Background: Recent systematic reviews have encouraged the psychiatric research community to re-evaluate the contours of schizophrenia epidemiology. In particular, understanding the incidence, prevalence and mortality in schizophrenia are vital indicators to inform decision-making for policy formulation, health planning, and research related to risk factor epidemiology.
Aims: The aims of the study were to conduct systematic reviews of prevalence and mortality in schizophrenia, evaluate methods of summarising epidemiological data, and examine the interrelationship between the incidence and prevalence of schizophrenia.
Methods: The dissertation is comprised of four parts. The first two parts involve major systematic reviews that build on the expertise of the candidate and his supervisors. Part One presents a systematic review of the prevalence of schizophrenia. The distribution of various types of prevalence estimates obtained from population based studies were summarized using measures of central tendency with quantiles and moments. The data were analysed using several pre¬specified hypotheses. Part Two presents a systematic review of mortality associated with schizophrenia. Population based data on Standardized Mortality Ratios were collated and key features of these distributions were summarized. In keeping with previous systematic reviews, these data were interrogated using several pre¬specified hypotheses. Part Three of the dissertation compares two methods of data synthesis; (a) the distribution median, and 10 to 90% quantiles derived from a cumulative plot of estimates versus (b) pooled estimates based on conventional meta-analysis. Pooled estimates of the incidence, prevalence and mortality were obtained, the general concordance between the two methods explored from a qualitative perspective, and the strengths and weaknesses of the alternate approaches examined. Finally, in Part Four of the dissertation, the relationship between appropriately matched incidence and prevalence estimates was examined based on both empirical and modelled data using exploratory modelling approaches. Analyses were performed using SAS 9.2 (SAS Institute Inc., Cary, NC, USA), and DISMOD II (WHO 2004) software.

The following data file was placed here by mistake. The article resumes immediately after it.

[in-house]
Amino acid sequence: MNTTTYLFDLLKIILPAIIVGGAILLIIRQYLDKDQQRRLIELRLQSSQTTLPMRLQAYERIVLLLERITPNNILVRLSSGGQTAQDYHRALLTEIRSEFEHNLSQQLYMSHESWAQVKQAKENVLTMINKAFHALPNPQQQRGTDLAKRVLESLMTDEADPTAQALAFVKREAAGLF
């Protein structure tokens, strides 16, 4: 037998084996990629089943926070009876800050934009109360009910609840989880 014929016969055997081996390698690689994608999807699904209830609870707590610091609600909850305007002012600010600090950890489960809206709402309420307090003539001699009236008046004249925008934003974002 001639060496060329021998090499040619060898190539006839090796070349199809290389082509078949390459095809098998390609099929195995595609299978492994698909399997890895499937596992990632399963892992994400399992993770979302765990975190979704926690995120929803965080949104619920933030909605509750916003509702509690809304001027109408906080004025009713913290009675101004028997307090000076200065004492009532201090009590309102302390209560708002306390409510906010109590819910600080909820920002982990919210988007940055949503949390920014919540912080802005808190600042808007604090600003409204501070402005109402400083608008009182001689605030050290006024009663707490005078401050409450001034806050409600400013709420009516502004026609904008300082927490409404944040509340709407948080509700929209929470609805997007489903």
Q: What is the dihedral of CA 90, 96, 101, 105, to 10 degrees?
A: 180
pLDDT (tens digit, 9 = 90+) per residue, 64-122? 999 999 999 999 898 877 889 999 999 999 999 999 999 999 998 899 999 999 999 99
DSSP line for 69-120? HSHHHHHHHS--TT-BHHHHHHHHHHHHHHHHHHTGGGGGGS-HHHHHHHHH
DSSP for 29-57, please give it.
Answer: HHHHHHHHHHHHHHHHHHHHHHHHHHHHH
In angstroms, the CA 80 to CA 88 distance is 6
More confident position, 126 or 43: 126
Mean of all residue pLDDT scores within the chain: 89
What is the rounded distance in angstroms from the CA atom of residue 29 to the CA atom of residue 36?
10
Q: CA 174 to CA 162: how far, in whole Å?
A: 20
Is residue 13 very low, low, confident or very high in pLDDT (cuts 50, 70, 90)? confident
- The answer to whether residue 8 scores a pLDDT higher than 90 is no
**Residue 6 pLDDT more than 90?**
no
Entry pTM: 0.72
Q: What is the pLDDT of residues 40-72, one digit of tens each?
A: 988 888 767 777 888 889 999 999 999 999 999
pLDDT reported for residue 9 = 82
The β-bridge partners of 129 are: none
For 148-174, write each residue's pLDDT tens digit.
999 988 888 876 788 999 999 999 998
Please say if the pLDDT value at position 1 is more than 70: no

Results: The main findings of Part One (Saha et al., 2005) were: (i) the median prevalence (per 1,000 persons; 10¬90% quantile) for point, period, lifetime, and lifetime morbid risk were 4.6 (1.9–10.0), 3.3 (1.3– 8.2), 4.0 (1.6–12.1), and 7.2 (3.1–27.1), respectively, (ii) there was substantial variation of the prevalence of schizophrenia between sites, (iii) the prevalence of schizophrenia in migrants was higher compared to native¬born individuals (the migrant¬to¬native-born ratio median (10–90% quantile) being
1.8 (0.9–6.4)), and (iv) when sites were grouped by economic status, prevalence estimates from ‘‘least developed’’ countries were significantly lower than those from both ‘‘emerging’’ and ‘‘developed’’ countries (p = 0.04).
Results of Part Two (Saha et al., 2007): The main results were that (i) the median standardised mortality ratio (SMR) for persons for ‘all¬cause’ mortality was 2.58 (1.18-5.76) with a corresponding random¬effects pooled SMR (95% CI) of 2.50 (2.18, 2.43), (ii) there was no sex difference, (iii) suicide was associated with the highest SMR (12.86), while most of the major causes of death categories were also found to be elevated in schizophrenia, and (iv) the SMRs for ‘all¬cause’ mortality have increased over recent decades (p=.03).
Results of Part Three (Saha et al., 2008b): It was demonstrated that meta¬analysis when used with appropriate caution, can complement the synthesis of frequency data in epidemiology, however researchers interested in variation of the frequency measures should not rely on meta¬analysis alone.
Results of Part Four (Saha et al., 2008a): In respect to modelling the incidence and prevalence of schizophrenia using published data revealed that the consistency between published versus modelled estimates was poor.
Conclusions: There is a wealth of published data on the epidemiology of schizophrenia. Systematic reviews of prevalence and mortality and modelling based on these data can provide insights into the ‘dynamics’ of schizophrenia epidemiology.